It was ten years ago that the character of Castiel was introduced on Supernatural, in one of the most dramatic and powerful entrances of any fictional character ever. We were writing Fangasm Supernatural Fangirls at the time, and sat down with brand new guest actor Misha Collins shortly after Lazarus Rising aired, so I thought I’d share a few excerpts form that chat in honor of the 10th anniversary.

Misha had just finished filming and changed into faded vintage jeans and a tee shirt, catching us off guard because he didn’t look much like the trench-coated angel we’d seen onscreen! He was so new to the show and the whole idea of fandom that he didn’t really know what fan reaction to his character was, so asked us.

Lynn and Kathy: Fans don’t always take well to new characters on the show, but they did to your character.

Misha: Oh I see. You hated the character.

Lynn: Did I say that??

Clearly Misha’s personality shone through even in the first ten minutes of chatting with him. Luckily.

Misha: (laughing) I think part of it is that it was such an interesting scene. The character is a super cool character and it was a super cool introduction to the character.

Lynn: Talk about dramatic!

Misha: Just the way it was built up, I think that made people receptive to Castiel.

Lynn: I always wonder if you can feel in the moment when some of your scenes are going to be very good and some of your interactions very powerful.

Misha: No, never. I’m not very good at telling. I think the things that are horrible actually turn out to be the best.

Lynn: Luckily you’re not editing the show.

Misha: You’re right.

Kathy: The first online community dedicated to Castiel was set up 42 minutes after the episode aired.

Misha: Why do you think it took so long? Maybe the servers were down or something…

I’m not sure we ever laughed so much in an interview as we did that first chat with Misha. We talked about his previous roles on Nip/Tuck and 24 and Charmed, about his childhood and how that led him to acting, about his own lack of experience with being a fan. And he asked us as many questions as we asked him – about conventions (he was about to do his first one), about fandom, about shipping, you name it! This was an entirely new experience for Misha, and he was in the very beginning stages of processing it and figuring out what it all meant.

Misha: I had no idea what I was walking into when I went in to audition for this show.

Lynn: What did make you audition?

Misha: The desire for a job. I think I didn’t even realize until after the audition that it was for a regular, I thought it was a guest star.   My manager told me I wasn’t paying attention.  It was a demon that I was auditioning  for – Kripke didn’t want that to get out to fandom.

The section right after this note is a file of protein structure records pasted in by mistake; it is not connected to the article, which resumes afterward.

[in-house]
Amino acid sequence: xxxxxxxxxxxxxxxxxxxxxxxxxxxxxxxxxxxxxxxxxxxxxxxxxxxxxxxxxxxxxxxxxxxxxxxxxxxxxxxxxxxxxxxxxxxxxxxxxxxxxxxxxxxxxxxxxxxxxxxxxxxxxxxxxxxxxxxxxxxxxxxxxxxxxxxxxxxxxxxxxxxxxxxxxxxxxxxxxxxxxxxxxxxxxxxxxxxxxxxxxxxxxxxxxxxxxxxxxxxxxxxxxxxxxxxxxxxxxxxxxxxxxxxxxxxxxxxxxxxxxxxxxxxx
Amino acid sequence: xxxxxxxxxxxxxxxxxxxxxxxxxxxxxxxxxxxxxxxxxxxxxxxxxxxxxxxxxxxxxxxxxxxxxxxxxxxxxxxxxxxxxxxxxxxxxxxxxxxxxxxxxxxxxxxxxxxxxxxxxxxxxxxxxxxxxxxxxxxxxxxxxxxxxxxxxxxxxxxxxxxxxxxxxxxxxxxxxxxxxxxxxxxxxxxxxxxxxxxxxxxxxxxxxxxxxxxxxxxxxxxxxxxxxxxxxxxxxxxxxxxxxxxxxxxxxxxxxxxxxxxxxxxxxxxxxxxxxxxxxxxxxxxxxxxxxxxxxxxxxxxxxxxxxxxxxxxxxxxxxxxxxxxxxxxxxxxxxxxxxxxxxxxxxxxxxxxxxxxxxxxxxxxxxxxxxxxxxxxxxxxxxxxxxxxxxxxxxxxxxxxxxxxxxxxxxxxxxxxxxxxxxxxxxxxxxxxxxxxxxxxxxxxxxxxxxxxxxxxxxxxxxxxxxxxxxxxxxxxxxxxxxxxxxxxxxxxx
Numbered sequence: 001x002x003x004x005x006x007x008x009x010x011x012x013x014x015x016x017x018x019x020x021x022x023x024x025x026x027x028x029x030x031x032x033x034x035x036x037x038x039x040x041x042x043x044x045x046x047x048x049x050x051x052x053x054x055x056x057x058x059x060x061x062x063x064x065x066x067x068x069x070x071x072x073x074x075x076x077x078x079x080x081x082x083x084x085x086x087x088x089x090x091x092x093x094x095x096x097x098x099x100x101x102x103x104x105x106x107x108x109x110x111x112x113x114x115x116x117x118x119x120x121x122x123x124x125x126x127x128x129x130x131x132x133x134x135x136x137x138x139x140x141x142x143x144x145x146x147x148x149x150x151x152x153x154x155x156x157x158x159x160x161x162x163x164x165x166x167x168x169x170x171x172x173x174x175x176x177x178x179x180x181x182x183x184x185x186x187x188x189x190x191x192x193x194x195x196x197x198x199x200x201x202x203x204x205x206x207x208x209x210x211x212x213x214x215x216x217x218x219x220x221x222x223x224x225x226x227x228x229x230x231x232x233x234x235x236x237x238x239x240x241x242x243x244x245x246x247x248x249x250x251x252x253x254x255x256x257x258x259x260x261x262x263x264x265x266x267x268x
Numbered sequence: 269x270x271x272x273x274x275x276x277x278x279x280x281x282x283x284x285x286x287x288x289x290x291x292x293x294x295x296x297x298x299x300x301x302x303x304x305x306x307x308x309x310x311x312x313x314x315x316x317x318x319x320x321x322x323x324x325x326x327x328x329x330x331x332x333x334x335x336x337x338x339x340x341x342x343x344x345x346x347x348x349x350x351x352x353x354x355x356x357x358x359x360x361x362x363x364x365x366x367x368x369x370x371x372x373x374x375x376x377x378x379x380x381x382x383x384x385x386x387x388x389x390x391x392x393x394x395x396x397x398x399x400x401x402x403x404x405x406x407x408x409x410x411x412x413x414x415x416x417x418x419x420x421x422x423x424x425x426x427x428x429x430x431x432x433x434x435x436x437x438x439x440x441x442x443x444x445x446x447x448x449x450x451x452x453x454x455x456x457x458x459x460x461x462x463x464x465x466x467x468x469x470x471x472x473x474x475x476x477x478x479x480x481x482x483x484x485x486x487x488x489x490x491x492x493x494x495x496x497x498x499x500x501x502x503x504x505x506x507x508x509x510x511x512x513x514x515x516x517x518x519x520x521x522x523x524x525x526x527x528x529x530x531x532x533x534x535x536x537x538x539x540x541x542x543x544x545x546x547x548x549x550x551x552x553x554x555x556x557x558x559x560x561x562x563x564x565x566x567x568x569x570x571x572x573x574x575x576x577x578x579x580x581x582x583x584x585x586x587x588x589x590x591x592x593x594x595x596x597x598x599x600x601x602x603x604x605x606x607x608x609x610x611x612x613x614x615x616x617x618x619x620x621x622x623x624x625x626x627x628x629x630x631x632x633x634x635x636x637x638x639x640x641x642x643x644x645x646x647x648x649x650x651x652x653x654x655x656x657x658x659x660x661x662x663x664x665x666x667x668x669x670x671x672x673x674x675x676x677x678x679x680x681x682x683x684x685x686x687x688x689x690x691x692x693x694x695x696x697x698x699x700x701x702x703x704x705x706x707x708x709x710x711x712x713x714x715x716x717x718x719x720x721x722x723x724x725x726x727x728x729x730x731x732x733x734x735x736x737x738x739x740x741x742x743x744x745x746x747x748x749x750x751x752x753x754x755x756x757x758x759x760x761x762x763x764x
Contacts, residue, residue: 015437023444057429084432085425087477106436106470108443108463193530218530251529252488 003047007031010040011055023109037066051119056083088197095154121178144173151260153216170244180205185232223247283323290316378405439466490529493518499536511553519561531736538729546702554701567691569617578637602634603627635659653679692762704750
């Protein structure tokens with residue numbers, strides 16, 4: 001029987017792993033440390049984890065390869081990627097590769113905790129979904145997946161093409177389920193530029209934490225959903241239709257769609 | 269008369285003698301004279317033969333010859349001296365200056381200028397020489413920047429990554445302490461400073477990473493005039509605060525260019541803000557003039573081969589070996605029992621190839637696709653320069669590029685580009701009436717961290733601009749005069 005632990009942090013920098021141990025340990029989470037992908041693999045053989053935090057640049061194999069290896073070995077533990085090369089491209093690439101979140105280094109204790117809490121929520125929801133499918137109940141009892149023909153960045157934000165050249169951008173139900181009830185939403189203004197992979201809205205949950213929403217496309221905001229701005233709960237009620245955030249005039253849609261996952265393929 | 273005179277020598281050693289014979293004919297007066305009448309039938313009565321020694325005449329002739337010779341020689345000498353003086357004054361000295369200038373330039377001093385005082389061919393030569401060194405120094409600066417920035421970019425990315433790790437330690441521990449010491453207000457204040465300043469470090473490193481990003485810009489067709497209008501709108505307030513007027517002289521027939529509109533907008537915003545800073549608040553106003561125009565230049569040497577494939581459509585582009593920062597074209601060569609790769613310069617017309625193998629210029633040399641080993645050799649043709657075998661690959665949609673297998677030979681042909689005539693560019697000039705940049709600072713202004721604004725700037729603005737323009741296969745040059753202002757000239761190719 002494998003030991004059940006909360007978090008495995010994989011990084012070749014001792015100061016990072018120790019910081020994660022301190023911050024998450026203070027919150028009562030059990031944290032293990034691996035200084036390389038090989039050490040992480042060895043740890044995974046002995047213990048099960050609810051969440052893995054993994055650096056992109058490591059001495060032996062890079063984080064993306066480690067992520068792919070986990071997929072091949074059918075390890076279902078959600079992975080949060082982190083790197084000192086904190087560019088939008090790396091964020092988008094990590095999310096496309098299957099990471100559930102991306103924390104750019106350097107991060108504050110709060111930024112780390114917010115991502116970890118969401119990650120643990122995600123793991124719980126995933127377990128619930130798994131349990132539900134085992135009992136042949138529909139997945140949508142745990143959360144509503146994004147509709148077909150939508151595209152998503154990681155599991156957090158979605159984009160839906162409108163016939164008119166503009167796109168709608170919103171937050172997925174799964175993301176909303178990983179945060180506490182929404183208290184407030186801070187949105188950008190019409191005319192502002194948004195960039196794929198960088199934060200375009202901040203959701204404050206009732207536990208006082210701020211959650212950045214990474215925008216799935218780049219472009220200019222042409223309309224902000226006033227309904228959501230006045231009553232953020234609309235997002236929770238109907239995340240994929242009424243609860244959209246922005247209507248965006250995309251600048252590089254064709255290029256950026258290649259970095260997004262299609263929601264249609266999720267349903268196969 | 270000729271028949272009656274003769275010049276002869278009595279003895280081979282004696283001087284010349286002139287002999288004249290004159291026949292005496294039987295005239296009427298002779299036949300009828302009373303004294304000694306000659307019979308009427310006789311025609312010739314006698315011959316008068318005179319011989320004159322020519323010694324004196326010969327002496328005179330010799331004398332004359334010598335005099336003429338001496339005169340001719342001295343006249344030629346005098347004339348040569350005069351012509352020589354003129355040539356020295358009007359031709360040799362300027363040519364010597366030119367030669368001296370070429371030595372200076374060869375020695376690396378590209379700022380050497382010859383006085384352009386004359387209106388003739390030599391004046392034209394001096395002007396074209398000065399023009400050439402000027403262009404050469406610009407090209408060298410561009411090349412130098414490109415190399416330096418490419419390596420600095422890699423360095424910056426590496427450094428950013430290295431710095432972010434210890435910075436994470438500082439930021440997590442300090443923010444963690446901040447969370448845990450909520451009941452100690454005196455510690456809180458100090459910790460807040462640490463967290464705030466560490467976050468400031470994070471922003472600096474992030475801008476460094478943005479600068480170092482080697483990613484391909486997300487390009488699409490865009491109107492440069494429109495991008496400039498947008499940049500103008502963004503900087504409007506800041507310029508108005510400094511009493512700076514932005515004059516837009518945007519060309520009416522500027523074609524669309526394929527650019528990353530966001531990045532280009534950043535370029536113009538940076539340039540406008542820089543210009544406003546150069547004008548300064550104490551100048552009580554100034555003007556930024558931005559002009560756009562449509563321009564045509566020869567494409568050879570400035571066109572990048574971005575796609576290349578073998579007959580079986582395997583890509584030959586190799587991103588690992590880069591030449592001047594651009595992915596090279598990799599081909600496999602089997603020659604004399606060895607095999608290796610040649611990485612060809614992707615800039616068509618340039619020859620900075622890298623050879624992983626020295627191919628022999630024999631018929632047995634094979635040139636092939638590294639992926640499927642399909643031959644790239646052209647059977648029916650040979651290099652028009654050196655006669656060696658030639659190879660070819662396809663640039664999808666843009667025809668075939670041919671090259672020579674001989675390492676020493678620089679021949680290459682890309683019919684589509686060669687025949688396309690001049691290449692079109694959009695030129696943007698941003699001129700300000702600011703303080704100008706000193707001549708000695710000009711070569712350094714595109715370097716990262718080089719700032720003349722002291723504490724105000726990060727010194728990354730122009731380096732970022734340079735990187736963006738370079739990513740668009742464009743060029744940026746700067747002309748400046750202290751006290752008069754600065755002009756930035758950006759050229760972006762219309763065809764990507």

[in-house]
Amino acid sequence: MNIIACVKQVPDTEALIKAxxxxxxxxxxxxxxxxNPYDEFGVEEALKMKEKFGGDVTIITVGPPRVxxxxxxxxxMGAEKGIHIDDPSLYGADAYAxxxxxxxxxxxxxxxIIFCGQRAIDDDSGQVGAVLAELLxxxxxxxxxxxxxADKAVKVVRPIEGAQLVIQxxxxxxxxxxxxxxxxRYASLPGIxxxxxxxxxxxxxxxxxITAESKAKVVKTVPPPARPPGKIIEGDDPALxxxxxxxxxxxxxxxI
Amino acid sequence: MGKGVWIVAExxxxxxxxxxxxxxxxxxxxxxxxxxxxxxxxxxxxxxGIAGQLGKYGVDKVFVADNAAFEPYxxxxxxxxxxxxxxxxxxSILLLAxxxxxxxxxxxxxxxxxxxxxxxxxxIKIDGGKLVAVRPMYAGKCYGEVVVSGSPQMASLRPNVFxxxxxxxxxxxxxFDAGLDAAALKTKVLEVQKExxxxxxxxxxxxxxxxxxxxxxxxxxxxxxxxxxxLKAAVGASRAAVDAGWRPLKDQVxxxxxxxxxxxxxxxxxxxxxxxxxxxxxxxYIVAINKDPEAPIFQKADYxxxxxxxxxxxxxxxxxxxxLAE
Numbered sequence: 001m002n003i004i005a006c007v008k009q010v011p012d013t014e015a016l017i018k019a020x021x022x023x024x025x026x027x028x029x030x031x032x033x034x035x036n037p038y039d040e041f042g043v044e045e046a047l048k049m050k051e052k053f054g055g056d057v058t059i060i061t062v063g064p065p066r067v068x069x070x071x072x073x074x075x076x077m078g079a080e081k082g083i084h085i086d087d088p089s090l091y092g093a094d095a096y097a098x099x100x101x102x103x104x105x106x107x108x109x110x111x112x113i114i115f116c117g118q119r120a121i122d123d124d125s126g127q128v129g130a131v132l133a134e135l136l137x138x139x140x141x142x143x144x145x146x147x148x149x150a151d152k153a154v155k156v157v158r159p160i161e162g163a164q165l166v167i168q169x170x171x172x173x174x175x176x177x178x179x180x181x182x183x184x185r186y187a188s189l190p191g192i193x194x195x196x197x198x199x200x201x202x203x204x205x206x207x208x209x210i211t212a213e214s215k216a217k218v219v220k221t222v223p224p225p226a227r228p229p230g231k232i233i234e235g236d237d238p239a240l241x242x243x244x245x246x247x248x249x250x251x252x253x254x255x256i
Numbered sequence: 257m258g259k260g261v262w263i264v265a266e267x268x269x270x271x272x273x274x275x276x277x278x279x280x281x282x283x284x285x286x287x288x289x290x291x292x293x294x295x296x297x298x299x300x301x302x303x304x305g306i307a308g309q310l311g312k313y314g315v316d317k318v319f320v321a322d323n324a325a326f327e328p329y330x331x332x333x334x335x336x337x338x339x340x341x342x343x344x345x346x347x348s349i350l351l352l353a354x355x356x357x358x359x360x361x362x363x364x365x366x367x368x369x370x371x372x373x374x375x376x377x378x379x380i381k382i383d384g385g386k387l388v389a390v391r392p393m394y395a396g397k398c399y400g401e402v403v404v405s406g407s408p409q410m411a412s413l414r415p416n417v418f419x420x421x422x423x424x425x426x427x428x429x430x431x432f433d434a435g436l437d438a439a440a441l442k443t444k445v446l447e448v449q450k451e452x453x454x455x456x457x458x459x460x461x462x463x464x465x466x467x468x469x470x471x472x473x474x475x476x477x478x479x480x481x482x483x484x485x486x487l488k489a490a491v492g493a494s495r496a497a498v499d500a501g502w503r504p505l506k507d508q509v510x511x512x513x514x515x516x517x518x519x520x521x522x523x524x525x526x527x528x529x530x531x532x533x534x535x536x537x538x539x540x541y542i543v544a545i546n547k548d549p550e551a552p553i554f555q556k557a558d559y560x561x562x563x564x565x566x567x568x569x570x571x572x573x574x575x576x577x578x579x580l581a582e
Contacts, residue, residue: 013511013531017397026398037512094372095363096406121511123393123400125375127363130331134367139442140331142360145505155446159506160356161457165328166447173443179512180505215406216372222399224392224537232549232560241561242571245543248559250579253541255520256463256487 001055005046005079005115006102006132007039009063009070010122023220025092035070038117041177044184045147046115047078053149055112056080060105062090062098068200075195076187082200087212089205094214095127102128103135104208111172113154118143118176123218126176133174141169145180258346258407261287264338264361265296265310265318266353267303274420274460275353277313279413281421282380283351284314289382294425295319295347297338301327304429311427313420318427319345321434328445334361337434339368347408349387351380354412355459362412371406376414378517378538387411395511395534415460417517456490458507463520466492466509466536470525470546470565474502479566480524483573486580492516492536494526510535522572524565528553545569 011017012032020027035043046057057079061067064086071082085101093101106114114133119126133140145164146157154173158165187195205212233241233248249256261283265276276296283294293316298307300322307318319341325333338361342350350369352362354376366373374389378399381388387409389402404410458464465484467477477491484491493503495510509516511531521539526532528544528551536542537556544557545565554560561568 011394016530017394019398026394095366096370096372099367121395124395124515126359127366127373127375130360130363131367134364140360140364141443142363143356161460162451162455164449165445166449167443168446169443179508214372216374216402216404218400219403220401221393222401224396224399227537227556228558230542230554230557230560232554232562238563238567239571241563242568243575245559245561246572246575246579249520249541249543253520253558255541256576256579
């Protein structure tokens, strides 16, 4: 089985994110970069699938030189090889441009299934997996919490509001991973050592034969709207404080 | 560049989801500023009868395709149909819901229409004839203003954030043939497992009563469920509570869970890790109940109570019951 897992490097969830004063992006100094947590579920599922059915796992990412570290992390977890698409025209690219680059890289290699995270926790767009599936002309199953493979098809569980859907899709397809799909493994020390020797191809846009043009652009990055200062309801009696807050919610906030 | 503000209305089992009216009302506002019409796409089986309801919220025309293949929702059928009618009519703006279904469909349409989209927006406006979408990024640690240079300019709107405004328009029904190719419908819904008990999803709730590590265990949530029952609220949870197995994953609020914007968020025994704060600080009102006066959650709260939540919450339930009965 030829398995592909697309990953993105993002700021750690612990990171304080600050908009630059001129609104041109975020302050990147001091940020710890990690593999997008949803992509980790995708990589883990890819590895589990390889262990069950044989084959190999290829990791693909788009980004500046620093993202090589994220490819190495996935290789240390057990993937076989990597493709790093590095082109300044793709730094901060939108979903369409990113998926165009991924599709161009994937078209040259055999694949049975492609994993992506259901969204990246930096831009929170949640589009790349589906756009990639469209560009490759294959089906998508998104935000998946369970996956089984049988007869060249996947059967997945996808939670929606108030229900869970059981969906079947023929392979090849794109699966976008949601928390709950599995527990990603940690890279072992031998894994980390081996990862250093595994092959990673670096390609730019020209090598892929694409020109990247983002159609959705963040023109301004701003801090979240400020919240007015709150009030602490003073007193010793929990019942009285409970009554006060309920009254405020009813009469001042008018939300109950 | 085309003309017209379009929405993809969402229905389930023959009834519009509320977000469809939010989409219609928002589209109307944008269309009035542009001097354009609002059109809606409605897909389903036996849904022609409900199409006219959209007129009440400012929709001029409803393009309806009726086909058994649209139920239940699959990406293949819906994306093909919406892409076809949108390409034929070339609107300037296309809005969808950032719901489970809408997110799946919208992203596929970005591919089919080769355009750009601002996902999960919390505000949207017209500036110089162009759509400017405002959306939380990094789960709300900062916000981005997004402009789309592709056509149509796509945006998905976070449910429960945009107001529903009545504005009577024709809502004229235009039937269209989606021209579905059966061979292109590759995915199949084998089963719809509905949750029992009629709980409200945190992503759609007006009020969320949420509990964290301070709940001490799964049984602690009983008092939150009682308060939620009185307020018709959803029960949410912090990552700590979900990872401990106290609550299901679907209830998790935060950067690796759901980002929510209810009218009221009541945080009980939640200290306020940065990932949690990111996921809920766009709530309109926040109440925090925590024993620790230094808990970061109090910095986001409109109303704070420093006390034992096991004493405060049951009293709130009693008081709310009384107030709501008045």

Lynn: I love Eric, he’s always messing with the names.

Misha: He gave me a little direction, after I did the demon version once, he gave me a little direction to change it to be an angel, and he told me they hadn’t been down on earth for two thousand years  so there would be a quality of just looking at humans as though they were strange alien beings.

Lynn: You do that so well. I’m a psychologist, I tend to read people’s non verbals. And there’s this subtle sort of little twist you do, like regarding someone a little too long and sort of speaking a little more slowly, because you’re not sure of your footing. It’s subtle, but it’s very there.

Misha: Cool. It’s fun to play with that.

The origin story of the famous Cas head tilt!  And the rest is history.

A lot of our first chat with Misha is the last chapter in Fangasm Supernatural Fangirls – he was pleased when we told him he has “the last word” in the book. A few years later, when we were putting together our next book, this one of contributed essays on Supernatural in Fan Phenomena Supernatural, we asked Misha if he wanted to write a chapter. He did – and it’s still one of my favorite essays ever. It’s surprisingly sincere and personal, but it’s also funny as hell. Maybe none of that is surprising, actually.

From Fan Phenomena Supernatural, here’s what Misha had to say about being cast on Supernatural, including his experience watching his very first episode, Lazarus Rising, air ten years ago:

Fandom and its many fascinating aspects have, for the most part, blindsided me. Not only did I not see it coming, but previously, I was only peripherally aware of its existence. For me, discovering this fandom was pretty much like getting kidnapped by a dragon. I didn’t expect being inducted into this world to be anywhere near as strange, wonderful or overwhelming as it has been. I didn’t expect any of it. I remember watching the season premiere of Supernatural Season 4 – the episode in which my character was introduced – with the producers and writers at a little screening party at producer McG’s offices in West Hollywood. Sera Gamble, a writer and producer on the show, was standing next to me as we watched. When my character came on-screen, she leaned over and whispered to me, ‘Your life is about to change.’ I thought, ‘That is a truly arrogant thing for a producer of a CW television show to say. I’ve been on plenty of television shows. My life is going to stay exactly the same, I don’t know what you’re talking about.’ Well, Sera,  I think I owe you an apology for that thought.

I’m sure Sera understood – but she was totally right!

Misha also wrote a chapter for Family Don’t End With Blood, from his perspective almost a decade later. A portion of the proceeds from every sale benefits Random Acts, the charity he founded shortly after this amazing journey began – and one of the ways in which Misha has been changing the world ever since he realized he had a platform that allowed him to do so, thanks to playing Castiel on this little but long-lasting television show.

Happy 10 years on Supernatural, Misha!

–Lynn

You can check out Misha’s chapters and all

our books on Supernatural at the links on

the home page!